As previously mentioned, the X79 chipset does not feature any native USB 3.0 ports. Asus implements six of the SuperSpeed connections on the X79-Deluxe motherboard’s rear IO by means of two ASM1042 controllers, and a single ASM1074 hub. Four USB 2.0 ports are provided by the X79 chipset and are perfect for use with speed-irrelevant devices such as peripherals.
The pair of powered eSATA 6Gb/s ports is provided by an ASMedia ASM1061 controller and will therefore feature the same circa-400MB/s throughput performance cap that we are accustomed to seeing the chipset enforce. Audio is provided by Realtek’s high-end ALC1150 chip – the same one that is found on many Z87 motherboards.
Wired network connectivity comes in the form of two gigabit Ethernet ports, one provided by Intel’s 82579V controller, and the other from Realtek’s 8111GR. Asus’ updated Wi-Fi Go! features Bluetooth 4.0 support, as well as dual-band, two-stream 802.11ac wireless connectivity. Wireless speeds of up to 867Mb/s can be obtained from the dual-stream antenna.
A quick test of the wireless connectivity gave us a perfect 300Mb/s connection speed, as outlined by Windows 7, on the 5GHz band (the maximum speed that our 802.11n Tenda N60 router is capable of). We didn’t suffer any drop-outs or signal problems, albeit while testing from a range of no more than four metres.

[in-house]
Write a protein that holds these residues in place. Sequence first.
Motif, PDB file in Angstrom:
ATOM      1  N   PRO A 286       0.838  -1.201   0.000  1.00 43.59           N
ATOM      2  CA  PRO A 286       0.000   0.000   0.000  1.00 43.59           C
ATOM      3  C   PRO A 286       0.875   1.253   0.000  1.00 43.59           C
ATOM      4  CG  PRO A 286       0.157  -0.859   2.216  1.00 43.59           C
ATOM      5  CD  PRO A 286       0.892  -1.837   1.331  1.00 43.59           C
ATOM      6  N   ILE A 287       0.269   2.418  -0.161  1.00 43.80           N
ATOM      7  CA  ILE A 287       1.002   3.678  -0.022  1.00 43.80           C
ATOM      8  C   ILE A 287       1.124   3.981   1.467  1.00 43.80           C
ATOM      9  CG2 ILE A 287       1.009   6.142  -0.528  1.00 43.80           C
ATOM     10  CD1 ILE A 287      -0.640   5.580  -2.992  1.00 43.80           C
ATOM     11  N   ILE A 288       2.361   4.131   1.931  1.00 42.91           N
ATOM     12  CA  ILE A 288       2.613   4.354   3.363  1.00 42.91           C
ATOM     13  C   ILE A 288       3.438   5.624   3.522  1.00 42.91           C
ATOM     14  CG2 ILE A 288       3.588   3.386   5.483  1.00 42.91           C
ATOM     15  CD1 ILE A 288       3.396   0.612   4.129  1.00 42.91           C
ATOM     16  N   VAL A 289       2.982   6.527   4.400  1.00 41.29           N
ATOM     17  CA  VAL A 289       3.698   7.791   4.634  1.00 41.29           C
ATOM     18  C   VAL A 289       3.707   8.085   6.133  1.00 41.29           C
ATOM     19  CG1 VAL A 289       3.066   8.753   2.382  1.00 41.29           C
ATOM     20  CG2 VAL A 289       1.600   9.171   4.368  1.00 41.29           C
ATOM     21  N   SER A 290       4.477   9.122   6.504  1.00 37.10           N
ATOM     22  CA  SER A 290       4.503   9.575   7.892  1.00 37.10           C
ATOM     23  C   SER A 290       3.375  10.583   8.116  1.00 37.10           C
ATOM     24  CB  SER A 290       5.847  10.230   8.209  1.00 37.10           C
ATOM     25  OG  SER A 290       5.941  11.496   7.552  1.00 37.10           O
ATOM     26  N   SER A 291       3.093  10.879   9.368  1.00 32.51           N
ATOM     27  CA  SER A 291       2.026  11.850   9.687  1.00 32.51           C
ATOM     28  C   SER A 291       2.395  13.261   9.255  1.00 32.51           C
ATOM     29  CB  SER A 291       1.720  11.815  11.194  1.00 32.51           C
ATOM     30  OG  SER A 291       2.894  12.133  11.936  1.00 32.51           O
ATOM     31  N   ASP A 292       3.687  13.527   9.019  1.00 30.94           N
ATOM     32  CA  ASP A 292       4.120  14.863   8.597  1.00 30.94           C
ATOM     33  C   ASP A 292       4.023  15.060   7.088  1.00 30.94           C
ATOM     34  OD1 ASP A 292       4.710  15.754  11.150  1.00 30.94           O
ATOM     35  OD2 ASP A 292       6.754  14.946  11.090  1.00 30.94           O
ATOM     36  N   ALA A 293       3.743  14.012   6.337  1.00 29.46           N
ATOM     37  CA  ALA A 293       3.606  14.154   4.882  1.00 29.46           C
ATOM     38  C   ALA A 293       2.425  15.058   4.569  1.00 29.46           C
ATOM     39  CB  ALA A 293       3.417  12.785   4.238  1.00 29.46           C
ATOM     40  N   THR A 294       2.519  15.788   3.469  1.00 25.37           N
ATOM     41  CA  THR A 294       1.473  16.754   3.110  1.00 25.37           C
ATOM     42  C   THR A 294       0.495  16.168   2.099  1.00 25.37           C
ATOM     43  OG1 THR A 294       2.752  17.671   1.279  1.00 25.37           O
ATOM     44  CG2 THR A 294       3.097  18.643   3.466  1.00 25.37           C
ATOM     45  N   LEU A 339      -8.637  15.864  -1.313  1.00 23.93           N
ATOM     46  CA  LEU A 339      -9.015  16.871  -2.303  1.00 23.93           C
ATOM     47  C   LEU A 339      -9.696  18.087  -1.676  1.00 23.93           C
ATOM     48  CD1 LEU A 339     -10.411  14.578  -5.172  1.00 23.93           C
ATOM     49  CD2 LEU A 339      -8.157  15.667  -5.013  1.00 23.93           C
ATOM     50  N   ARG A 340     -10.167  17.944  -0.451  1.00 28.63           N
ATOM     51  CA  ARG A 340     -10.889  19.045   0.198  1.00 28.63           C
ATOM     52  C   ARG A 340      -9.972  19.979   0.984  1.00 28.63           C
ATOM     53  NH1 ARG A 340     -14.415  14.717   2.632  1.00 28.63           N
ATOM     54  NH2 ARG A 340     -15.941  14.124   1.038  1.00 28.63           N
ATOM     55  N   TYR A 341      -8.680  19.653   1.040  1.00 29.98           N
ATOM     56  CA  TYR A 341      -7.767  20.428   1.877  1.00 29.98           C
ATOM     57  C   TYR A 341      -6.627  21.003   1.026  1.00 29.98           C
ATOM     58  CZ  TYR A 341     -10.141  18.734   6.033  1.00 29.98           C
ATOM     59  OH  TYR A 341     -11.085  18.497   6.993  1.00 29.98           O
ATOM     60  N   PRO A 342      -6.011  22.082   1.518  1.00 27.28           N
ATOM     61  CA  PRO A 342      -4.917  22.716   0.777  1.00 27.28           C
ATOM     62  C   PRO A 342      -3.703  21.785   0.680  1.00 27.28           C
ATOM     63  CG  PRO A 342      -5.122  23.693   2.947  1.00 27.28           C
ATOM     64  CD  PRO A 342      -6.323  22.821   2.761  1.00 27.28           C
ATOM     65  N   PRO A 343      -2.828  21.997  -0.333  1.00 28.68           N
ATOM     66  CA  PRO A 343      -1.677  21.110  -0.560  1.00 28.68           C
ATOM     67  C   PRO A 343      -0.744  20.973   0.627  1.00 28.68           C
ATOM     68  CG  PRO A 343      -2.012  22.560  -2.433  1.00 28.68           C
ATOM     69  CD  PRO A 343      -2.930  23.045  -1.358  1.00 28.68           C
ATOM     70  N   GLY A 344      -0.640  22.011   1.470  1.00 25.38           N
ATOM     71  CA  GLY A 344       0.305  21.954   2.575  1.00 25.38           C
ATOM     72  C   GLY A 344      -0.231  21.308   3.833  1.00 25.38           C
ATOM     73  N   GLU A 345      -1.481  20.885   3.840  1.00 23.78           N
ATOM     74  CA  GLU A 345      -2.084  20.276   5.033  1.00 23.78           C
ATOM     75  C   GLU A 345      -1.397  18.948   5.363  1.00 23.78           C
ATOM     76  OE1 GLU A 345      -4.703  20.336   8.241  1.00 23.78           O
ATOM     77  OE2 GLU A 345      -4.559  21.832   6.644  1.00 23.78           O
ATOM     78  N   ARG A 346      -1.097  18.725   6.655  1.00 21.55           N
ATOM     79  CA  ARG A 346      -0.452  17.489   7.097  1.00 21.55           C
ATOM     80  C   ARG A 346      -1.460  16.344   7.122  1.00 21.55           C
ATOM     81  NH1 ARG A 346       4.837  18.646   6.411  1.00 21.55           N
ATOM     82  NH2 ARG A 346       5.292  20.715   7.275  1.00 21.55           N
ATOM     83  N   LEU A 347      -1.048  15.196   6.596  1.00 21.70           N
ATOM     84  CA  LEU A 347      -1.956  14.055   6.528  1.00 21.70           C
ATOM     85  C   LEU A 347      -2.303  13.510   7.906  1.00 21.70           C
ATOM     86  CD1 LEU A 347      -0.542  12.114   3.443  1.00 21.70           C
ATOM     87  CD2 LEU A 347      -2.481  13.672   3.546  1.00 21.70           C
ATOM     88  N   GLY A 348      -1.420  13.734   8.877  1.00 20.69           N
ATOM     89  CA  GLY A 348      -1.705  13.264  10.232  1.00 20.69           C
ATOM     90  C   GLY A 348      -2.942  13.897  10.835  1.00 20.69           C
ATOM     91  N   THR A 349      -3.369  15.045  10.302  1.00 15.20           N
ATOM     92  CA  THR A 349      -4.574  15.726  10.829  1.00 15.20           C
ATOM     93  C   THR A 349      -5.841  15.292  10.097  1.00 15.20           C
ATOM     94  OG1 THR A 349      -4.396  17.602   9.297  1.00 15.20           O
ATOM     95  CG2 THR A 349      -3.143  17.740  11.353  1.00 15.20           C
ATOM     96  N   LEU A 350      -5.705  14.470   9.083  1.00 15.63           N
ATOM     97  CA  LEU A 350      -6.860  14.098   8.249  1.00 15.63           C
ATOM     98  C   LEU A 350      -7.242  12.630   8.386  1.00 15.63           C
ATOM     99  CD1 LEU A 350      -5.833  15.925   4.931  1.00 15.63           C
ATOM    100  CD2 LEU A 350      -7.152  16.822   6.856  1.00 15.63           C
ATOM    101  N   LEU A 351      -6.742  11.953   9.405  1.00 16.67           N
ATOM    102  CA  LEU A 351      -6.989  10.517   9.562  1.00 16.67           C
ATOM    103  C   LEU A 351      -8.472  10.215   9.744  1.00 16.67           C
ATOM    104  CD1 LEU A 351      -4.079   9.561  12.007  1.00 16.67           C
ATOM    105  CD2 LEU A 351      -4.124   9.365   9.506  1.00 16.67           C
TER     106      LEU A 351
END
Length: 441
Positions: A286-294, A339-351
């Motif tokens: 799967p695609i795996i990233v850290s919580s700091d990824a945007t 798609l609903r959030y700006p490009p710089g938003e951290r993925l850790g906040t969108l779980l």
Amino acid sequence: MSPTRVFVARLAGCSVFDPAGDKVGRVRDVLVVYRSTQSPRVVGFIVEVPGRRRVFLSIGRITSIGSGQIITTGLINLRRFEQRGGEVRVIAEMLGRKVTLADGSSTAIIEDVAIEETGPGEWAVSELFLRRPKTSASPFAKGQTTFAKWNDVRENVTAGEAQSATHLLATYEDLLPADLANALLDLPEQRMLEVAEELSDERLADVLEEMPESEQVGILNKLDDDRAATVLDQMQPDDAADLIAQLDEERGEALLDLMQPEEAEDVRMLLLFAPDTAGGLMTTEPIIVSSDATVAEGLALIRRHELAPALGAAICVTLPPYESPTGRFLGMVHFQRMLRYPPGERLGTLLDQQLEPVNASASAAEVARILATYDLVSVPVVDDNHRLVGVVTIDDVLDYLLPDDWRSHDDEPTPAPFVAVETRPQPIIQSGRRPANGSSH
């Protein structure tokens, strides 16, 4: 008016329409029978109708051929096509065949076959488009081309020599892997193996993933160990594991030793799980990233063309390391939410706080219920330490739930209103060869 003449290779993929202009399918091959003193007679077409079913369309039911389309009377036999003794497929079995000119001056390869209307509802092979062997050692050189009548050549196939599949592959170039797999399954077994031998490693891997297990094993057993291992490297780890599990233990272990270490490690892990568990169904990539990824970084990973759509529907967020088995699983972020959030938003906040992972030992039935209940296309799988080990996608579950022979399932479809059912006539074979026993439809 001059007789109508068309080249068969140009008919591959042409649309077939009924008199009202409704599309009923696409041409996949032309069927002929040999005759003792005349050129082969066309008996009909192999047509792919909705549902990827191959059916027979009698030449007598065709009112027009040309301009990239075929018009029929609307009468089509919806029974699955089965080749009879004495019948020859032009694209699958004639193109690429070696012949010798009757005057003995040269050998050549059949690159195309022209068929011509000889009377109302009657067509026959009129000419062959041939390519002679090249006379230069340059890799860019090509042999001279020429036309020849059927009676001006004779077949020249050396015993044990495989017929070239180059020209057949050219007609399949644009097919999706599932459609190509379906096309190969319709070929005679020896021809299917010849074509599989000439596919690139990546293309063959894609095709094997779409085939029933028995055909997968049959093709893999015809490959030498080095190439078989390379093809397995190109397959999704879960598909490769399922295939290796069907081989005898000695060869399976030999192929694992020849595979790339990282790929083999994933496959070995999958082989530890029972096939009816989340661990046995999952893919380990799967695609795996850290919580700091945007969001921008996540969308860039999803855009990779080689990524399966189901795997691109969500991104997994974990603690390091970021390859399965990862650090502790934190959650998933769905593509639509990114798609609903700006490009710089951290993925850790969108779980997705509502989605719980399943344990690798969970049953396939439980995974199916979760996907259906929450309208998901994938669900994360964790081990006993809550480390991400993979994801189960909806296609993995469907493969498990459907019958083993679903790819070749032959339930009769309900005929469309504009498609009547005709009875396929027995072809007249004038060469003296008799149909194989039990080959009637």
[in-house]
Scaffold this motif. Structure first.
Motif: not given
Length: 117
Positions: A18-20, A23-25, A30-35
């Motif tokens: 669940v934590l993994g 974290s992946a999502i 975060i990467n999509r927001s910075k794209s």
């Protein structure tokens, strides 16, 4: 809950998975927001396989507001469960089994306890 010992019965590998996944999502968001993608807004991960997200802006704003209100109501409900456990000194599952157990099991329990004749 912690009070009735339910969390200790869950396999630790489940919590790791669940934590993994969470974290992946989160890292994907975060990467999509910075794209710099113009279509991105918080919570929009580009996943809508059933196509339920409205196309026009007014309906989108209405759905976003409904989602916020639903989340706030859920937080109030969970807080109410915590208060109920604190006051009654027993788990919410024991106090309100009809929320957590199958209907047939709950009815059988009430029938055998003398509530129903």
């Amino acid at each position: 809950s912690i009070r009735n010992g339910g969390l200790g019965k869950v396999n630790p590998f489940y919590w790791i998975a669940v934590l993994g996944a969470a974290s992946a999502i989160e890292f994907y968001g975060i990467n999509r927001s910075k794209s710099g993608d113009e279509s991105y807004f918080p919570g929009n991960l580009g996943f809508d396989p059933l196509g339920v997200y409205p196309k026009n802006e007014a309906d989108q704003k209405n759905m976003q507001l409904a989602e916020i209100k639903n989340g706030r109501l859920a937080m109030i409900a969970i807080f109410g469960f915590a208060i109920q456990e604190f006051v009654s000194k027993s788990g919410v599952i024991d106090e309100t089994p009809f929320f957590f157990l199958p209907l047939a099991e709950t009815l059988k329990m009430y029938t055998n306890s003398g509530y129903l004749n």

One notable omission from the rear IO ports is a clear CMOS button. This will inevitably irritate overclockers who are forced to revert back to stock settings due to a failed attempt. And given the X79-Deluxe motherboard’s target audience – a group which is likely to use cases, not test benches – the decision to omit the rear IO clear CMOS button seems very odd.
Motherboard rear ports:
- 4x USB 2.0.
- 6x USB 3.0.
- Realtek LAN (RJ-45) port.
- Intel LAN (RJ-45) port.
- USB BIOS Flashback button.
- 2x powered eSATA 6Gb/s ports.
- 2x antenna connections for dual-band 802.11ac wireless and Bluetooth 4.0.
- Optical S/PDIF output.
- Audio jacks.
Asus’ distribution of fan headers around the X79-Deluxe is very good. Each of the six fan headers is of the 4-pin variety and features control for speed-adjustment, based on CPU temperatures, via the UEFI BIOS or Asus’ software.